Getting art from the National Gallery into Animal Crossing: New Horizons

Animal Crossing: New Horizons is a good game to play during the Great Coronavirus Lockdown of 2020. Even without the bits where you get rewarded for Just Buying More Stuff, it’s a handy reminder whilst we’re not at work of the rewards that capitalism provides for exploiting nature.


In the game you can create little 32×32 artworks which you can display on easels, or floors or your own clothes. Drawing your own pictures is relaxing, but hard.

Getty have provided a tool (explanatory blog post here) which lets you convert any of their artworks into a QR code which you can scan on your phone and send to the game.

For example, here is Picasso’s self-portrait:

They have also provided an importer which takes an IIIF metadata file and allows you to send the image described by the metadata into your game. There is a list of IIIF-participating organisations but navigating those sites and finding works which actually have the IIIF metadata is a giant pain in the ass, so I gave up with that list and wondered about the National Gallery. It’s not on the IIIF’s list, but it turns out that they do have a research wiki and do actually have a test IIIF server!

All you have to do is search and find a painting you like, right-click the red and blue “iiif” logo in the top right corner, copy the URL it links to and paste it into the importer. With luck you’ll then just need to scroll back up to see your imported painting, ready for you to scan!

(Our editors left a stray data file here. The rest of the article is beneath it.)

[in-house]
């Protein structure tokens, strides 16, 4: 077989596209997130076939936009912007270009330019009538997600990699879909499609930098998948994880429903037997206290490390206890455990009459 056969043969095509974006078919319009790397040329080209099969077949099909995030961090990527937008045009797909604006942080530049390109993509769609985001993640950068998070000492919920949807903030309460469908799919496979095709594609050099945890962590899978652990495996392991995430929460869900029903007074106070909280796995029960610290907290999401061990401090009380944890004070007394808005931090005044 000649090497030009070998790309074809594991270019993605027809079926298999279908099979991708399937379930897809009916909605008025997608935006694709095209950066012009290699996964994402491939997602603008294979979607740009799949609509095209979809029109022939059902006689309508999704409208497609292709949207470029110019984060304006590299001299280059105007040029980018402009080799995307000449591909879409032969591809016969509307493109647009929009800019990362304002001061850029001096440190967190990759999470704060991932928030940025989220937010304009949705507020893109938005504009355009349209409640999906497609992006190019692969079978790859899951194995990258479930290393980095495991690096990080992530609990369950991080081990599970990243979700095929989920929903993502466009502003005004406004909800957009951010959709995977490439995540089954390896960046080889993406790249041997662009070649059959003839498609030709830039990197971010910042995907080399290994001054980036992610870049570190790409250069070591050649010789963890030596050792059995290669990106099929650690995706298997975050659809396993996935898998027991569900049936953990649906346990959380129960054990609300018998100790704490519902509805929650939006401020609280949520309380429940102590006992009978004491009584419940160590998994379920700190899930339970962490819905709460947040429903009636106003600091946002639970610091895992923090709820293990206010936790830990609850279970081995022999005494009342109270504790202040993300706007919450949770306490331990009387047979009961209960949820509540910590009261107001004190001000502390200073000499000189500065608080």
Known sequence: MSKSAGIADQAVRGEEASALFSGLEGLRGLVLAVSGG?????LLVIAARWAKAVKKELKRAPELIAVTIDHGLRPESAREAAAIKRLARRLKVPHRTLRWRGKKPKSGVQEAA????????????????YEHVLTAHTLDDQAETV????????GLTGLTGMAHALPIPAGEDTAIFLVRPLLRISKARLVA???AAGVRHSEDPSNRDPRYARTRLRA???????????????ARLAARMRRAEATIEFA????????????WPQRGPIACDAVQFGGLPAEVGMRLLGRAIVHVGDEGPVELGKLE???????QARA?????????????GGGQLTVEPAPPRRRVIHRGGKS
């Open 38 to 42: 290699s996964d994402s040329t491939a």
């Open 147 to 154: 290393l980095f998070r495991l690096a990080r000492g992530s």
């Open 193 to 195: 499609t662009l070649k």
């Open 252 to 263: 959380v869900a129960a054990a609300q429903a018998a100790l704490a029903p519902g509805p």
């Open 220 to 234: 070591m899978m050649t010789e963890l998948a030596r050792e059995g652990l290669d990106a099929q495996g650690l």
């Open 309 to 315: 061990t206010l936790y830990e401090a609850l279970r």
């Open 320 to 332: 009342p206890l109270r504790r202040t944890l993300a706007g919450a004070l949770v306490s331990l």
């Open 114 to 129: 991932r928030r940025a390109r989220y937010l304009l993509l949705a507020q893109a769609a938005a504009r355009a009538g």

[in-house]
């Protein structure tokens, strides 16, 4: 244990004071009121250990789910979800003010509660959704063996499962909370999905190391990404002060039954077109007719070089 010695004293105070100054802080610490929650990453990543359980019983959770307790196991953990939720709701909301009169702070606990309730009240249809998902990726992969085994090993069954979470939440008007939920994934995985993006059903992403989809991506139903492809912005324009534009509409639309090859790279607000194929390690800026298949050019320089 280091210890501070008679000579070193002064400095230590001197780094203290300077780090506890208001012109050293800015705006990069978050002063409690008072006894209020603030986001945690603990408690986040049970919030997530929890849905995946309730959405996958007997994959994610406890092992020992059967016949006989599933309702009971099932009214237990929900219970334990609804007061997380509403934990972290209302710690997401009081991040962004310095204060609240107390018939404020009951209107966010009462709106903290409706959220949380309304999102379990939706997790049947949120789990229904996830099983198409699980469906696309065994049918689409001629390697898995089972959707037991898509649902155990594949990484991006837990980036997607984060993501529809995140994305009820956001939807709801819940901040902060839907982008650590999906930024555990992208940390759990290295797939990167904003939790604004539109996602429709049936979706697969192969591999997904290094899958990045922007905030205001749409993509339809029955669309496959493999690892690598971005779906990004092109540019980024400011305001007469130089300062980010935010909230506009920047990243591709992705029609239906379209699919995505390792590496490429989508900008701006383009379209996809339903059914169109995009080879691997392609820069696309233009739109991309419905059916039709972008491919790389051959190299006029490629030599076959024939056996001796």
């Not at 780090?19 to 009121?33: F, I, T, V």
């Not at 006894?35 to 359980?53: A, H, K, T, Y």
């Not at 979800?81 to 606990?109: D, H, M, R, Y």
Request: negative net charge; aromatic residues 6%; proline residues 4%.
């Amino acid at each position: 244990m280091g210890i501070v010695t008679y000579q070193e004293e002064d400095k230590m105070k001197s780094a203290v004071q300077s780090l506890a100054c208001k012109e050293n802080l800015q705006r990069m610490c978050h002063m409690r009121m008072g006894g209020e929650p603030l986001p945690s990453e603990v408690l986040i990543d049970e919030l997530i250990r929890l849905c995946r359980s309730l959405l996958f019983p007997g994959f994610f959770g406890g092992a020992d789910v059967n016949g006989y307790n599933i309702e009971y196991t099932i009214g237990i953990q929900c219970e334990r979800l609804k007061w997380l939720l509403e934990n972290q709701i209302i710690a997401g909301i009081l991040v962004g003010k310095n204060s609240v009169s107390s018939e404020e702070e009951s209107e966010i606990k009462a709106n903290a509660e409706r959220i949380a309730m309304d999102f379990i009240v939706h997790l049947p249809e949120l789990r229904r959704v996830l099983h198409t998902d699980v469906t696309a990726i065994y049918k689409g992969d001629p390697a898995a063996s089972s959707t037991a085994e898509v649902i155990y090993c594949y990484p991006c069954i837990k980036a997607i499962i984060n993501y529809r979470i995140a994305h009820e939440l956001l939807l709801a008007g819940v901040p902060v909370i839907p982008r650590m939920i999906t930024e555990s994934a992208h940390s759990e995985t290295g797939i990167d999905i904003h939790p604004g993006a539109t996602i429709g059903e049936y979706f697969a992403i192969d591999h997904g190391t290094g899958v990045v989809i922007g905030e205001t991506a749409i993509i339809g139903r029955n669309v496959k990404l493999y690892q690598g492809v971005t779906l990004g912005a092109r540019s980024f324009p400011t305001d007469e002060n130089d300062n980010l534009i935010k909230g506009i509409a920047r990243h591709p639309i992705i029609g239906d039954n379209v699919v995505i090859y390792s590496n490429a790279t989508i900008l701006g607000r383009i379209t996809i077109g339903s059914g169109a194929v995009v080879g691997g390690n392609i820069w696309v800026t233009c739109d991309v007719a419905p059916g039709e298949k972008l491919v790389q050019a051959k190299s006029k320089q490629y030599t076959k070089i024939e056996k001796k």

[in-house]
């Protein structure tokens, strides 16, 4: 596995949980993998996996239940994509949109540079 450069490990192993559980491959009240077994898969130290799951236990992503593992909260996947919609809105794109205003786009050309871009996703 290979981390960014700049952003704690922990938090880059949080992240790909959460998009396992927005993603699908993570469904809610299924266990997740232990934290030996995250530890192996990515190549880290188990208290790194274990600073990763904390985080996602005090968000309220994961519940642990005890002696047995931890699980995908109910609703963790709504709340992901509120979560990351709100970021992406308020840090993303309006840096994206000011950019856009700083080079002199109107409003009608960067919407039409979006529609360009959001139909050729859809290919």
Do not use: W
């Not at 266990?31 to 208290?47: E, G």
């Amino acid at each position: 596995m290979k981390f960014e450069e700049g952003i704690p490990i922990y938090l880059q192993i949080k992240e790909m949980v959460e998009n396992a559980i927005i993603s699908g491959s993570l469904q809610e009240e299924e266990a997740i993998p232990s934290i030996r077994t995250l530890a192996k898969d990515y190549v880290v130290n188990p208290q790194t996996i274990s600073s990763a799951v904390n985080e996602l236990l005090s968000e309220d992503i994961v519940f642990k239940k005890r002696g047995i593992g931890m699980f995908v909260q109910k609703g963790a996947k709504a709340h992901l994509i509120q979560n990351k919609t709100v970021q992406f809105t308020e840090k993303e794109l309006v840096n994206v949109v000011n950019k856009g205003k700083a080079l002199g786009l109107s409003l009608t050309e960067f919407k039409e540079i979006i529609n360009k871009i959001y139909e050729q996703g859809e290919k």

This means that you can import works like van Gogh’s Sunflowers straight into Animal Crossing to impress all your island visitors. Have fun decorating!

Art detail

Spider-Man: Into the Spider-Verse is the best film I’ve seen in the last six months. It’s imaginative, exciting, funny and constantly visually inventive.

If that wasn’t enough, the artists have posted a slew of content about little details in the film (which Simon Willison has gathered in a twitter thread), and interviewed the team about the processes they used to create such great results. They used and abused their pre-existing in-house tools which allowed them to write custom Python code and use procedural generation to prototype and create detailed CG effects that looked and felt hand-drawn, which is incredible.

And hey, if you want, you can even read the screenplay! Excelsior!